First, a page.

'Blame Bush' Strategy Failed Yesterday

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So says Reason Contributing Editor John Hood, in an election round-up for the Carolina Journal. Also, "in two of the three large U.S. cities that had mass-transit projects on the ballot for voter approval, voters said no."

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  1. Here in ole’ KY, Patton sunk the gubernatorial Bismark that is the Democratic party in these parts all by his lonesome. Can’t say I’m sorry to see them gone.

    I despise local politics. Has anyone else noticed that a ‘good’ local politician is measured by how many federal dollars he can get funneled into local boondoggles? Ugh.

  2. I live in Houston and I’m surprised that the light rail decision was carried. I certainly didn’t expect 51% of the voters to say yes. It has been a controversial subject in this city, particularly when you see the amount of road construction here. With the love of Houstonians for their cars, I’m amazed that anybody voted for it at all. My own opinion is that if they are going to use rail here, they need to get serious about it and have it running along side the major freeways (59, 10, 45), not just from Downtown to the Medical District (who does that help?). They also need to try and fix the roads one at a time, instead of having construction crews on every major road in town at once — that can’t be helping the traffic situation.

  3. not just from Downtown to the Medical District

    Yeah, Buffalo, NY did something like that…spent millions on a “subway” system whose only line ran from the north-east boundary towards downtown through the worst neighborhoods in the city. It had two palpable effects, one of which was to kill off all the businesses downtown, and the other was to give labor unions their own personal money vacuum.

    Ten years ago the council was trying to figure out the reason for the city’s brain drain. Nobody thought to bring a mirror.

    Be careful of mass transit projects, they’re traditionally pork-infested union-friendly exercises that are ultimately designed to benefit its constructors without concern for whether it will benefit its users.

  4. Adam,

    “They also need to try and fix the roads one at a time, instead of having construction crews on every major road in town at once — that can’t be helping the traffic situation.”

    Not helping the traffic situation is part of the point. First give out lots of contracts to buy votes – I mean repair lots of roads – the use the resulting traffic problems as justifcation to buy more votes – I mean hand out lucrative contacts to build light rail.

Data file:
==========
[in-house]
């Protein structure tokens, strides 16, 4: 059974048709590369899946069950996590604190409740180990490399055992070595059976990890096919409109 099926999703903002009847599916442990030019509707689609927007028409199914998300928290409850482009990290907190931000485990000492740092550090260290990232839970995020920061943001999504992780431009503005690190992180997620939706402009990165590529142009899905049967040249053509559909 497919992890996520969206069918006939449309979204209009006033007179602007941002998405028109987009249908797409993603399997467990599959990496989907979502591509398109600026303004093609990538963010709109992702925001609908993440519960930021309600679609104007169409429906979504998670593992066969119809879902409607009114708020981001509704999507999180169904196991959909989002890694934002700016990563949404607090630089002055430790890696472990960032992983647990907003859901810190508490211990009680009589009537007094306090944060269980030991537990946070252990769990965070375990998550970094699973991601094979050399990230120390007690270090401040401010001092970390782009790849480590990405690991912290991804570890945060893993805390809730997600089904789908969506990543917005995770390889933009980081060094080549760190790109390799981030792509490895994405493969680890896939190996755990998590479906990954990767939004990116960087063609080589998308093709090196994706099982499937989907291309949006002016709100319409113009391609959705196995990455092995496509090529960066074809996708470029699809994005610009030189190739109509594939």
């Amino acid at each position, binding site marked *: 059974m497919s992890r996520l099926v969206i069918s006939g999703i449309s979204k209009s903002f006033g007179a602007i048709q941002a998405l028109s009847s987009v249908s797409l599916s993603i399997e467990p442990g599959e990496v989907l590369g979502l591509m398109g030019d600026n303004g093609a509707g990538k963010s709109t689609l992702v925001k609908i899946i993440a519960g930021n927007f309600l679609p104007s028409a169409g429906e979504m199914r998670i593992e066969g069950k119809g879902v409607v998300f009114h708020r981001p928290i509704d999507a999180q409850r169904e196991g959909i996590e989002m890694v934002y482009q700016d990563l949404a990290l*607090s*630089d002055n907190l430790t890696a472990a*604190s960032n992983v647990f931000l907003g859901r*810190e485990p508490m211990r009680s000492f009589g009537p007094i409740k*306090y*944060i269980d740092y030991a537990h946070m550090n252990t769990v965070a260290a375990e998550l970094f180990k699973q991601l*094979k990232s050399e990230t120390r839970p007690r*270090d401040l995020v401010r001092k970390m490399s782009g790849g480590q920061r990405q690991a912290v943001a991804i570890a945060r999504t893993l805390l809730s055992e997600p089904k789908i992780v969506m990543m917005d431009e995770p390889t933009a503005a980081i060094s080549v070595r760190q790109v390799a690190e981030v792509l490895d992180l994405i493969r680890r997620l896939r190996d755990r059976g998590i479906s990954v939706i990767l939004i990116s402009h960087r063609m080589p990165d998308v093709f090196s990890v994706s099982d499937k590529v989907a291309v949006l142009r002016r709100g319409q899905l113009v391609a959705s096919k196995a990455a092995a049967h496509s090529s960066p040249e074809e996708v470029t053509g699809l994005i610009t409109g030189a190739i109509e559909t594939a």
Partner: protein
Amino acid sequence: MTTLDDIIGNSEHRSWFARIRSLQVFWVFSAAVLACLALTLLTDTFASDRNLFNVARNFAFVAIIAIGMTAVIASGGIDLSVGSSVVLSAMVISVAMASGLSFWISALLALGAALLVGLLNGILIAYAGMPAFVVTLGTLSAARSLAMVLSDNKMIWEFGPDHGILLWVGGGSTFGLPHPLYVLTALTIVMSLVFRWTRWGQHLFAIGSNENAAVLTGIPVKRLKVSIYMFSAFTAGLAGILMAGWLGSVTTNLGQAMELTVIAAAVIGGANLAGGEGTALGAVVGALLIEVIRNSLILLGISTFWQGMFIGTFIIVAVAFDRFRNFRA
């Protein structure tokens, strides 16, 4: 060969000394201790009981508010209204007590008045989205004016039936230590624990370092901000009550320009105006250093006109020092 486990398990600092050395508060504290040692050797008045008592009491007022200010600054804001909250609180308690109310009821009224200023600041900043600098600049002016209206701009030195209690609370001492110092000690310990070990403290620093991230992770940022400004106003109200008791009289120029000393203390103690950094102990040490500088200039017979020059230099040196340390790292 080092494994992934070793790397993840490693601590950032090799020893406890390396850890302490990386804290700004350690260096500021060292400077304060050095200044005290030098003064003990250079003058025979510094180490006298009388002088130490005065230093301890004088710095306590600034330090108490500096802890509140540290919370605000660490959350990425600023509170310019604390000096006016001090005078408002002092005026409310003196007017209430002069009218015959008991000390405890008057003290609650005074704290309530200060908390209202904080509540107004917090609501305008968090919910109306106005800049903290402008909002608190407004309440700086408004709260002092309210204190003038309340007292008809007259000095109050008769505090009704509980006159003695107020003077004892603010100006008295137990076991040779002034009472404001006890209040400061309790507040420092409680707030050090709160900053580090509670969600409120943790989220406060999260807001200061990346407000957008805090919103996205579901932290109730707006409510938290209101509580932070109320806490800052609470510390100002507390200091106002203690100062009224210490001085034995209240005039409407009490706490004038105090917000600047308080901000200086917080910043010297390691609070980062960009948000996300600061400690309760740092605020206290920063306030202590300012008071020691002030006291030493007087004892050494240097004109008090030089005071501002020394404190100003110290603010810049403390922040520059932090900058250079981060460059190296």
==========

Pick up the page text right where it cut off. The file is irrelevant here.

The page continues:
5. “Be careful of mass transit projects, they’re traditionally pork-infested union-friendly exercises that are ultimately designed to benefit its constructors without concern for whether it will benefit its users.”

    The exact same thing can be said for road projects.

    Jesus H. Christ, you’ll all be wishing for mass transit when the gummint takes your driving priveleges away.

  6. Say, anon at 3:32 – most road projects result in roads that are packed with travellers (i.e., that benefit end-users). Sadly, the same cannot be said for many mass transit projects, which tend to be chronically underused.

  7. Transportation projects of any sort induce demand. But road projects are usually the result of reactions to existing congestion, and neglect to look at their long term effects on development and travel behavior. Thus, they usually reach capacity very quickly (if, indeed, they have any extra capacity the day they open). Most transit projects are the result of long term planning, and make the transit’s influence on development patterns a primary goal. Thus, it takes longer for demand to reach the system’s capacity.

    If a train can get you downtown in 20 minutes where it takes 40 by car (and costs more), you’re going to see development (or redevelopment) around the train station.

  8. r.c.

    That’s b.s. The busses and trains I ride are generally filled in rush hour, exactly when the roads are choked. They’re underused at the same time the roads are underused.

  9. I think the idea of making a statehouse election into a referendum on the president is a losing tactic. Congressional elections can be nationalized, but governors? People think of local issues when they vote for gov, not the national debt, national security, or the national economy.

  10. OTOH, it seems odd to blame an incumbent state governor for a nation-wide economic slump.

  11. Great, now pols will learn NOT to put mass transit to a vote. I advise pitchforks……

  12. You can’t even make the election about the governor, as they learned in New Jersey.

  13. Great, now pols will learn NOT to put mass transit to a vote. I advise pitchforks……

  14. The thing that sucks about mass transit projects losing in two out of three big U.S. cities is that I live the other one, Houston. D’oh!

  15. Another way of saying “two of the three” is “fifty percent plus one.” I wouldn’t write transit’s obit yet, Mr. Taylor.

  16. Libertarians just have to arrange to have the Simpsons Monorail episode shown the Monday before any bond issue referendum on mass transit.

    “Their celebrity was Gallagher!”

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